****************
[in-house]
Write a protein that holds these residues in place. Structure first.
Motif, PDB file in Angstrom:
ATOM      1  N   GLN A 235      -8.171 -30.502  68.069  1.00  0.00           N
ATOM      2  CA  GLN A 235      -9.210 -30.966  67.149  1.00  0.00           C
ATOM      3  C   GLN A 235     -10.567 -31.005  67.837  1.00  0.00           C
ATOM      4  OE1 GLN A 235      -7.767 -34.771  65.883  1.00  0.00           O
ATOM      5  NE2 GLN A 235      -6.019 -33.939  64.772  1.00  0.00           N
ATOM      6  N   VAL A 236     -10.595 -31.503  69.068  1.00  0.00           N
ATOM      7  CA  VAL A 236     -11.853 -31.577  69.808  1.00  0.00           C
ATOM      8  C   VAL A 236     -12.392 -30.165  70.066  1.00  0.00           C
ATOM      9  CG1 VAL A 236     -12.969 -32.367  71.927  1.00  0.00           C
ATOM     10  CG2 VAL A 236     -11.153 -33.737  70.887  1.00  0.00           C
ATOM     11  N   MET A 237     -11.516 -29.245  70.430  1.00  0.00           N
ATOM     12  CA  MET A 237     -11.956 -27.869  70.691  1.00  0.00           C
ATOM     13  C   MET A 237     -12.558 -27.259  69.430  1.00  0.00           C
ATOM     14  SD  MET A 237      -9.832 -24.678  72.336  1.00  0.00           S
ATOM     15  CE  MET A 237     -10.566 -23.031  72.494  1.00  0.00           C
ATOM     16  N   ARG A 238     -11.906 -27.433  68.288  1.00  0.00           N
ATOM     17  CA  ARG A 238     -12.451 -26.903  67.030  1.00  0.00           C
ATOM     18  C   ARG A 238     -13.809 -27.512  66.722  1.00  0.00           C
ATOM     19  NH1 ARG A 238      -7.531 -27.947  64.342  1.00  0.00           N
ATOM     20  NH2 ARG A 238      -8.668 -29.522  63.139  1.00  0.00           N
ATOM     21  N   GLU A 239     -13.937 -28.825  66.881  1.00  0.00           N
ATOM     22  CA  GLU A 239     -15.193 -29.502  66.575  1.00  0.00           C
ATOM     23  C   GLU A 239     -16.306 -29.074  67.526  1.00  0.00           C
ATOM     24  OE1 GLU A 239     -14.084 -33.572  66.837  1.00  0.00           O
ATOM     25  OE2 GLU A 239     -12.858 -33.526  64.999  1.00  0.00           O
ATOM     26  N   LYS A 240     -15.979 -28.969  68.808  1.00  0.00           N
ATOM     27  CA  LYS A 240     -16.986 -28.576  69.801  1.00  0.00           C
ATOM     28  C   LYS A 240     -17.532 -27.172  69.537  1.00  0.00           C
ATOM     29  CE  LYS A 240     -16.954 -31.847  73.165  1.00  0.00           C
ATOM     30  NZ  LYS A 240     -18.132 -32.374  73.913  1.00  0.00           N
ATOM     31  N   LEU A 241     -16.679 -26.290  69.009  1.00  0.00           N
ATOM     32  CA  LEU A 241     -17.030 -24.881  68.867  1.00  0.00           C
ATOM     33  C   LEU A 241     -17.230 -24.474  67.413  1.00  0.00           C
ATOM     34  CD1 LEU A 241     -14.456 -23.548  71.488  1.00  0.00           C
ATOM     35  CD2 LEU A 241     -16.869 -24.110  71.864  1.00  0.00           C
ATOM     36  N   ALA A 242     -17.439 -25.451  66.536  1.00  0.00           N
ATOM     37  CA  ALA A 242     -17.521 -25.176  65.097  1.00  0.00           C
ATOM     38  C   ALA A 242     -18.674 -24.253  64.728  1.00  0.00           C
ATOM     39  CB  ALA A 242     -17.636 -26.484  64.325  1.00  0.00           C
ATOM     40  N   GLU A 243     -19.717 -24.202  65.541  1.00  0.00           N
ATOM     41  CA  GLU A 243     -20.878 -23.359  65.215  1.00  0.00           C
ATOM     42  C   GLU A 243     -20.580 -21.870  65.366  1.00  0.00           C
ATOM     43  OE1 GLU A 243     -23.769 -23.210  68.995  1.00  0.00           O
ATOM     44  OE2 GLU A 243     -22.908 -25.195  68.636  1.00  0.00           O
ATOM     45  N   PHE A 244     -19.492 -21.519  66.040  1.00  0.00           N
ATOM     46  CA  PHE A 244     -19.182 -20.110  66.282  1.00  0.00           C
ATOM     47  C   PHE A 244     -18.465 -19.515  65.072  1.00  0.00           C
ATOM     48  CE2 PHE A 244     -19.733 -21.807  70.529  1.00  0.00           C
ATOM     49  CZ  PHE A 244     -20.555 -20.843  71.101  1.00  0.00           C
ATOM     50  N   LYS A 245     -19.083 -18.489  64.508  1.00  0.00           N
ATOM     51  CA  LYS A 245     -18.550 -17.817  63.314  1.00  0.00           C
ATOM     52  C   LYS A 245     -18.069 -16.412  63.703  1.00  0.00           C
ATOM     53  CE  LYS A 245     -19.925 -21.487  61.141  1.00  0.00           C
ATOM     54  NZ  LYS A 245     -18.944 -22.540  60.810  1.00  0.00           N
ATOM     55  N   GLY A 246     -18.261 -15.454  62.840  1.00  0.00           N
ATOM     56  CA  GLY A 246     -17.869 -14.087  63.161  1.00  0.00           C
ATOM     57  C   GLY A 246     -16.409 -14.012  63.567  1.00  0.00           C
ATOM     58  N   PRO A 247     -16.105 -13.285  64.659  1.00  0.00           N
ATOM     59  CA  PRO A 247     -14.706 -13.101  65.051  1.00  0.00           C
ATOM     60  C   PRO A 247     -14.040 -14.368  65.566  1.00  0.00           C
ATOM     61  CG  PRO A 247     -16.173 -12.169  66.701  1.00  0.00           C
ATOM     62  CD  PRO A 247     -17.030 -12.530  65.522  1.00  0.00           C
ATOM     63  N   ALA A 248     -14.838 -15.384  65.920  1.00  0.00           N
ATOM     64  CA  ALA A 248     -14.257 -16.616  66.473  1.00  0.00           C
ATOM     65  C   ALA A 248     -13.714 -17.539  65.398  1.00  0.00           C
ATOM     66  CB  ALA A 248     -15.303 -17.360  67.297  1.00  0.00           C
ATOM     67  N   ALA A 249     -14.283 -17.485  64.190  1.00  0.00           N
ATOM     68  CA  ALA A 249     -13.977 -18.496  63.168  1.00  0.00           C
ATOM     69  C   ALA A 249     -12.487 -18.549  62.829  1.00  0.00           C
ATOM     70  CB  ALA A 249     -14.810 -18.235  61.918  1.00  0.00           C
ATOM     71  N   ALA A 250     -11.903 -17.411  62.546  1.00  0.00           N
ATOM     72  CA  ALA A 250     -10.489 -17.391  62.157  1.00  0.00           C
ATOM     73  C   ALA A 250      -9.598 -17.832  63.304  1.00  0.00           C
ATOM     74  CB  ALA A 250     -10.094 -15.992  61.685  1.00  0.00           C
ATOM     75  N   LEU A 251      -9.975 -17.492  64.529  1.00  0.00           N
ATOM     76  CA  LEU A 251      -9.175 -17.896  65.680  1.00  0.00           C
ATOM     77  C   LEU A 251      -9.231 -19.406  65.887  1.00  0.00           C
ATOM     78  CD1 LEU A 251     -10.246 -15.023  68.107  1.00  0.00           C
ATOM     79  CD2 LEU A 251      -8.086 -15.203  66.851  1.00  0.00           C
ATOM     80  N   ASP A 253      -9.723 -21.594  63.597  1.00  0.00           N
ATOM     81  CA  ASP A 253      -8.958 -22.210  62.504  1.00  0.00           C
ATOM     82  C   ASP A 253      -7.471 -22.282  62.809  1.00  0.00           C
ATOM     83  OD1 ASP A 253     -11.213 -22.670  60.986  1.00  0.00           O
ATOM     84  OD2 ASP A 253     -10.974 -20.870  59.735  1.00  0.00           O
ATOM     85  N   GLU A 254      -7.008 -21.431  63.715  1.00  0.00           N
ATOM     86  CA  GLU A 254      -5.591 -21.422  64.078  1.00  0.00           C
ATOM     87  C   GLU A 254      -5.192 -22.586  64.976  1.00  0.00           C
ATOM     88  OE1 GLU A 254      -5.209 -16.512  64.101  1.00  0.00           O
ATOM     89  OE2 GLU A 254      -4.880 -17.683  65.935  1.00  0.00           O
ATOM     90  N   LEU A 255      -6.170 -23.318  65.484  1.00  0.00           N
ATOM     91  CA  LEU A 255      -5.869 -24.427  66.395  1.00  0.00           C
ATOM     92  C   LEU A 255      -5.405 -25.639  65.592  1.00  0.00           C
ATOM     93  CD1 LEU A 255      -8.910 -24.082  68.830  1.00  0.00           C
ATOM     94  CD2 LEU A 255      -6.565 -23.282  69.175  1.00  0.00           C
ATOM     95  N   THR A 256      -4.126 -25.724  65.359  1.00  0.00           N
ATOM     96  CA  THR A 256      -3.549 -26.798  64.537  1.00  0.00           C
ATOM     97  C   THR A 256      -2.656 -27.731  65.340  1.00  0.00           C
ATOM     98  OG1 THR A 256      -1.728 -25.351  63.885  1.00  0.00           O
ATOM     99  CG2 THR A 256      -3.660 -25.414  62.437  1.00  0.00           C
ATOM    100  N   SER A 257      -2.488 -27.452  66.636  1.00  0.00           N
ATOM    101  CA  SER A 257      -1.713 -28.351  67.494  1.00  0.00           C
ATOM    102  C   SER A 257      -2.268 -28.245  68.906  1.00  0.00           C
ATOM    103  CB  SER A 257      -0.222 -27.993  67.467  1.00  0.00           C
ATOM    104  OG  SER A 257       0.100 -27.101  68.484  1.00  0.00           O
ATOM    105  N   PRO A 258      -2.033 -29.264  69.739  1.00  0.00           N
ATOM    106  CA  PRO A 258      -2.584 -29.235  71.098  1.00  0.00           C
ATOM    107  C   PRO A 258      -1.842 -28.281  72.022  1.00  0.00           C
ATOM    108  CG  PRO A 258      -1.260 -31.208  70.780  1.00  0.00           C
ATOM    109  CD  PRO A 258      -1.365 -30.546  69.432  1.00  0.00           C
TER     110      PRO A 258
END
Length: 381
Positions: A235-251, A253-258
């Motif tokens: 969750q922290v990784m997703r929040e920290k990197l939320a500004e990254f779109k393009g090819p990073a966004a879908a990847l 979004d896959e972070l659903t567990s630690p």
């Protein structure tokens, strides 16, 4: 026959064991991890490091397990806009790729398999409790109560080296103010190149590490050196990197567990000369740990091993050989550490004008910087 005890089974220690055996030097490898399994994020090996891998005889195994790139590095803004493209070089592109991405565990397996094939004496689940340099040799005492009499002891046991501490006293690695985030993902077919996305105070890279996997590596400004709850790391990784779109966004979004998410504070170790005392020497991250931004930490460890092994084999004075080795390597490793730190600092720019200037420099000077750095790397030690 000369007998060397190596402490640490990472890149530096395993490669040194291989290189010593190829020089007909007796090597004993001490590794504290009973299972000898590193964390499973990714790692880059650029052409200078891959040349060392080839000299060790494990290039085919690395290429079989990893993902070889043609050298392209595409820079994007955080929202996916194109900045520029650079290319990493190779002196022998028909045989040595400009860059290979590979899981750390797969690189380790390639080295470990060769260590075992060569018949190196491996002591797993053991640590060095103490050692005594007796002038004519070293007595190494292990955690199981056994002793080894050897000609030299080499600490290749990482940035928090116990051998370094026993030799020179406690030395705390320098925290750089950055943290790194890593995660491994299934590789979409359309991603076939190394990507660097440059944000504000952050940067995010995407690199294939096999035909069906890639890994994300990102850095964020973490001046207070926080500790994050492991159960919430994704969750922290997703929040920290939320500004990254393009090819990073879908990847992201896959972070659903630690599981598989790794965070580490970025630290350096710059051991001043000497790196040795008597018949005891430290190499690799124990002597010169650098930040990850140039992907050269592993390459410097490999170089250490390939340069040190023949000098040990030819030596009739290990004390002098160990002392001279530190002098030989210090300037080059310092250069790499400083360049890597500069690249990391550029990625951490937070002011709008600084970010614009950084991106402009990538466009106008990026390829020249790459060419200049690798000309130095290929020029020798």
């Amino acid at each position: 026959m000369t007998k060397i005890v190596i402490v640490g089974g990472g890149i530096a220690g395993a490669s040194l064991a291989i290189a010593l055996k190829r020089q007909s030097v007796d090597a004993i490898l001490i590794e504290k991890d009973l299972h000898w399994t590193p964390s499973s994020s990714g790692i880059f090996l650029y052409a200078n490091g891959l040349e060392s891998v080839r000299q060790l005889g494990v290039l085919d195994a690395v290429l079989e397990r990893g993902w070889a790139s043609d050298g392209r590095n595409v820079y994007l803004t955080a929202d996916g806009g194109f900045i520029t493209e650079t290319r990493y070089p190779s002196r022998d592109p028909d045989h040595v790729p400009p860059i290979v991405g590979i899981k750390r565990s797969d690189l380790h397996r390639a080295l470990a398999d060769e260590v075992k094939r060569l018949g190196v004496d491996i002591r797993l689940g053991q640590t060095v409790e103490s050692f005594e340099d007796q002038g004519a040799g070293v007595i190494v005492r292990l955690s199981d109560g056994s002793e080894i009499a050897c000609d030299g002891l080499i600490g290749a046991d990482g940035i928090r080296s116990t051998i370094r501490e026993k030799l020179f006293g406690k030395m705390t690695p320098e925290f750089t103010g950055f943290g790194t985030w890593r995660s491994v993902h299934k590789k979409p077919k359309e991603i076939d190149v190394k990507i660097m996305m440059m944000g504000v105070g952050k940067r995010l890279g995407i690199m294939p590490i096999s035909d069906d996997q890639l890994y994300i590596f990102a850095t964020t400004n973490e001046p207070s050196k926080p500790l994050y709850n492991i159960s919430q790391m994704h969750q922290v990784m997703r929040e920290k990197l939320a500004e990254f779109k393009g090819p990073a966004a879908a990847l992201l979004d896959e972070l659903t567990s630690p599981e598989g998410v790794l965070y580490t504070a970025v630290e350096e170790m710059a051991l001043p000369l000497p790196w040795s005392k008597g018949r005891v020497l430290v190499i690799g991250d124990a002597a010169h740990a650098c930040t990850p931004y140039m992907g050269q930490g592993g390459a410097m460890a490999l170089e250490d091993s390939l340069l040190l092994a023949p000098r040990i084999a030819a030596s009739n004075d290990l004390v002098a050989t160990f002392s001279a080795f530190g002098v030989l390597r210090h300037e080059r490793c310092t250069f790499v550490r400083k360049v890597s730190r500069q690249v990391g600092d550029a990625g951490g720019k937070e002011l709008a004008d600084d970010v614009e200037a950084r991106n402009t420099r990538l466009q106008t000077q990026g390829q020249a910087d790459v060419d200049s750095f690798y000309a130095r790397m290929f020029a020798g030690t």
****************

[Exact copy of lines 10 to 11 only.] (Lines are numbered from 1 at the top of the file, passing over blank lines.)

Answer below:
ATOM      7  CA  VAL A 236     -11.853 -31.577  69.808  1.00  0.00           C
ATOM      8  C   VAL A 236     -12.392 -30.165  70.066  1.00  0.00           C